According to, for every person who self builds there are 15 that add extensions to their homes. The reasons for all this are easy to see. It often makes more economic sense and is a better use of space. It means we can stay in the same neighbourhood if we like it and that the children can remain at the same school.

An overwhelming advantage of extending and not moving is the issue of stamp duty. By the time you have calculated the agents fees for selling your house and the stamp duty on the one you are thinking of buying, you might well find you could build yourself quite a decent extension for the same price.

But in order to really enjoy the cost savings and benefits of extending your home, it’s essential that you do your research and get it as right as possible. That’s why I would like to share some tips from experts to help you avoid some common pitfalls.

Firstly, engage a good architect.  This is the first step in any home extension or renovation project.  Find yourself a good local person, who is familiar with the council rules and regulations, and somebody who can recommend a panel of good builders too.  All good architects will work with several different builders, and if they are involved with project management, they will also know the standard and quality of the builders.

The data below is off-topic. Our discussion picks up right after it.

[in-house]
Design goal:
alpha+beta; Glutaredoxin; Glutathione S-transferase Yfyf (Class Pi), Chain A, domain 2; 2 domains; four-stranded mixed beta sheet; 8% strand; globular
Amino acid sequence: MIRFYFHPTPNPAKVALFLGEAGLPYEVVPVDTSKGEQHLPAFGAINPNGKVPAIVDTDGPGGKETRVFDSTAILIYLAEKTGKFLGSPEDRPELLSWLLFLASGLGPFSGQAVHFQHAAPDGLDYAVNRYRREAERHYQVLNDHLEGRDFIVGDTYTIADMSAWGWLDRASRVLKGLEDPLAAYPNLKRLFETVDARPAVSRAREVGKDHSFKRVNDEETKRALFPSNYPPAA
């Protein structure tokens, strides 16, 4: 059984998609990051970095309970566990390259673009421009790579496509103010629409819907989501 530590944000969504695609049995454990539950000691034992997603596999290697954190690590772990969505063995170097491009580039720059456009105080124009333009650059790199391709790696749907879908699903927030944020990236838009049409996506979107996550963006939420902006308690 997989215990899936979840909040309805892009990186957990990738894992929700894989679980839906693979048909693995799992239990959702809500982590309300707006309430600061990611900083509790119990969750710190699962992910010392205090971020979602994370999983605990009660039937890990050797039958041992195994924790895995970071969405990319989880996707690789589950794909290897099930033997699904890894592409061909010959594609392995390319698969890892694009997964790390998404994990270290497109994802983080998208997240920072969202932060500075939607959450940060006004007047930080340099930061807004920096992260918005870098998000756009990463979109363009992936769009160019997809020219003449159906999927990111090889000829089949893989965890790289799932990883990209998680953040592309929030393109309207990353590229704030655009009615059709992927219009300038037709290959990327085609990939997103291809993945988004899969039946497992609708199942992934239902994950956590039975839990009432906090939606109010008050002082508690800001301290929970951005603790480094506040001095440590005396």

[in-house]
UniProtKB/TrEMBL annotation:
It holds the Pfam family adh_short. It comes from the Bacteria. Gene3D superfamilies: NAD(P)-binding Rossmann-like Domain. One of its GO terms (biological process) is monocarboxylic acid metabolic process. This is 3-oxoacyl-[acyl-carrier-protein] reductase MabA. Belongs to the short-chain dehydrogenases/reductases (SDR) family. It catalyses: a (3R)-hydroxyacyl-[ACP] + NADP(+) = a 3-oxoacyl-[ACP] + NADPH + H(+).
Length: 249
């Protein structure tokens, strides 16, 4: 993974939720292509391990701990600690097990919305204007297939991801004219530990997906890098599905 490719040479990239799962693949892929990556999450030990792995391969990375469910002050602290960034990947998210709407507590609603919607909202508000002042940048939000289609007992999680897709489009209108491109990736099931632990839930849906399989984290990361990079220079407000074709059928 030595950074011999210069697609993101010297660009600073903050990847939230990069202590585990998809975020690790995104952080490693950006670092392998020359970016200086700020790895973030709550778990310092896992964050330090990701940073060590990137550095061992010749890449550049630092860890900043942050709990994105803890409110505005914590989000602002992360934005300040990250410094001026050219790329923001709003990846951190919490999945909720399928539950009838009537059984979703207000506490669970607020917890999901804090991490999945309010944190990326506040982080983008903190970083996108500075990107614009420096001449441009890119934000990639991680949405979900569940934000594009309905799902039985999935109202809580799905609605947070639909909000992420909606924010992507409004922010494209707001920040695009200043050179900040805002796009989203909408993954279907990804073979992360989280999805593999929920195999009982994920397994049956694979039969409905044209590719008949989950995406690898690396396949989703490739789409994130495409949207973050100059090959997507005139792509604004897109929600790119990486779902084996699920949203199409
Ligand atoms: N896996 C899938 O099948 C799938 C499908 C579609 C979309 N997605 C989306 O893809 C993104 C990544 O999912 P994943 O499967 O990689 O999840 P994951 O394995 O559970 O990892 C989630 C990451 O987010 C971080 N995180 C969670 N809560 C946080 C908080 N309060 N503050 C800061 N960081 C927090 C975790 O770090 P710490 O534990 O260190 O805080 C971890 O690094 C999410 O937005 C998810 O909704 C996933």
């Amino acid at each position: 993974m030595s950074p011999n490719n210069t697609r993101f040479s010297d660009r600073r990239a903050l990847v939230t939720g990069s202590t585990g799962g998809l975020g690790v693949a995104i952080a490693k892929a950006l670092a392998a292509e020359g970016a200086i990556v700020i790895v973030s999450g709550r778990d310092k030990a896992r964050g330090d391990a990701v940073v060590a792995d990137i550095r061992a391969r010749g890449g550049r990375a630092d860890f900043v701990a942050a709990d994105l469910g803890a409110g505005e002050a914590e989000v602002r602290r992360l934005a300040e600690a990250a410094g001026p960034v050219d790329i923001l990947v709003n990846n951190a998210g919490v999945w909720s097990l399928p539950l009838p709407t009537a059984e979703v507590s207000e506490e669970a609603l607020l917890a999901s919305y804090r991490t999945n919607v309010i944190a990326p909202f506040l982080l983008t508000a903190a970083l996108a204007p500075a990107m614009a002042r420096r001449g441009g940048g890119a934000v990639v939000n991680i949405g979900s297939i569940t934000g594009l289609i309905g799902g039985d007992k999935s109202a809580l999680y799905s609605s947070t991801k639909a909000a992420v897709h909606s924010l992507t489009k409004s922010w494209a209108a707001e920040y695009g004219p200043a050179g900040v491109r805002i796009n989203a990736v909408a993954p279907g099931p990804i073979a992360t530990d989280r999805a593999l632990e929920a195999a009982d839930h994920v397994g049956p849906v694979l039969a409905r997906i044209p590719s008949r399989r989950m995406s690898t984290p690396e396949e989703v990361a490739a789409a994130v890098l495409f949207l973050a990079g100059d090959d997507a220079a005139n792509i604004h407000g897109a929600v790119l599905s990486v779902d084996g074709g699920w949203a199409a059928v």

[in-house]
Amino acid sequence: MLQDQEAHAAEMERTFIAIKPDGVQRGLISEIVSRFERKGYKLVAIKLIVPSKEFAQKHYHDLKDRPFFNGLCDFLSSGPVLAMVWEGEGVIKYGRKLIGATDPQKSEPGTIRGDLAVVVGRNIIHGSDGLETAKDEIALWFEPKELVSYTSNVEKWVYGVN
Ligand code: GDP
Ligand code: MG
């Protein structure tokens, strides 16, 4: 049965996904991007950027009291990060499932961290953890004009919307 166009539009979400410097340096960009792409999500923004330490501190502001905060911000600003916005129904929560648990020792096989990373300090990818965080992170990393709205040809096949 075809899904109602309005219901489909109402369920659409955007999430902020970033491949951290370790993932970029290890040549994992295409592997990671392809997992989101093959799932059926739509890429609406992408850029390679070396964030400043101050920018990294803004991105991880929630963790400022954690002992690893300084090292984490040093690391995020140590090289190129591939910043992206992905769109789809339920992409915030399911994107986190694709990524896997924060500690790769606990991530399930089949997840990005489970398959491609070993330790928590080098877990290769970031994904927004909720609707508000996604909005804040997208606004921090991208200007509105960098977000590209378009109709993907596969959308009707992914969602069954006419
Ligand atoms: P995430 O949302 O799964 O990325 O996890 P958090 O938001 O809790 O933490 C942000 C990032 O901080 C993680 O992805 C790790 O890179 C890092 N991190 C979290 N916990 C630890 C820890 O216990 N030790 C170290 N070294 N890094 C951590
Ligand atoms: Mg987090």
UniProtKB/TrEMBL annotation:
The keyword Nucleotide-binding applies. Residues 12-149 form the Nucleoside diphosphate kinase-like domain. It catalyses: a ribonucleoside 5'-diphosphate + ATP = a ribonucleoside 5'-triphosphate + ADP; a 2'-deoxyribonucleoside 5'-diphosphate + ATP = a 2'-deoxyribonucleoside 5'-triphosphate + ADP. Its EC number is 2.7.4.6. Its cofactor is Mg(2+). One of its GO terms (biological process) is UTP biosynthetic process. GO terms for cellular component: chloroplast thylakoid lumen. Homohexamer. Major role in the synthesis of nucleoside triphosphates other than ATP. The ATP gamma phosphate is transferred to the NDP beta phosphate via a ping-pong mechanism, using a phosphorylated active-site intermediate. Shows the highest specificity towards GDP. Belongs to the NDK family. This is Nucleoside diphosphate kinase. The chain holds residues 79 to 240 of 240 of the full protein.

Secondly, don’t be penny wise and pound foolish. Many people, especially in our South Asian community, don’t want to part with their money, and want to pay the minimum, often with the consequence of getting the cheapest architect and the cheapest builder. The result will be a poorly designed and built extension, which will add minimum value to their house.  Spending a little bit more can achieve a considerable uplift in the actual value of the house itself, so think carefully and don’t avoid cutting corners!

Most of us forget that our home is the single most expensive possession we own, and it’s value in the long term is likely to rise.  However, a little extra money spent earlier on in the design, will have an overwhelming payback in the long term, say architects.

Architects fee can vary from a fixed fee, to percentage of contract sum, and also depending upon the size of the project. But more than anything it will depend on the designer’s experience and qualification.  The unqualified person working from home will be more cost effective, but they may not have the necessary experience and knowledge required to fulfil your project.

Experts also say that employing the cheapest builder is by far the biggest mistake they see.  It is so easy to see contractor’s prices and go for the cheapest, this is human nature, who doesn’t want to save several thousand pounds? But then as they say, you get what you pay for!

It is important to remember that builders are pricing for materials and labour, as well as their profit.  Material costs are comparatively the same wherever you buy them from, but the labour cost of an experienced bricklayer/electrician/plumber etc. will be considerably higher than an inexperienced person.

Experts say that they regularly hear stories from new clients about their builder letting them down half way through a project, and disappearing with thousands of pounds, leaving behind a bomb site. Make sure that’s not you!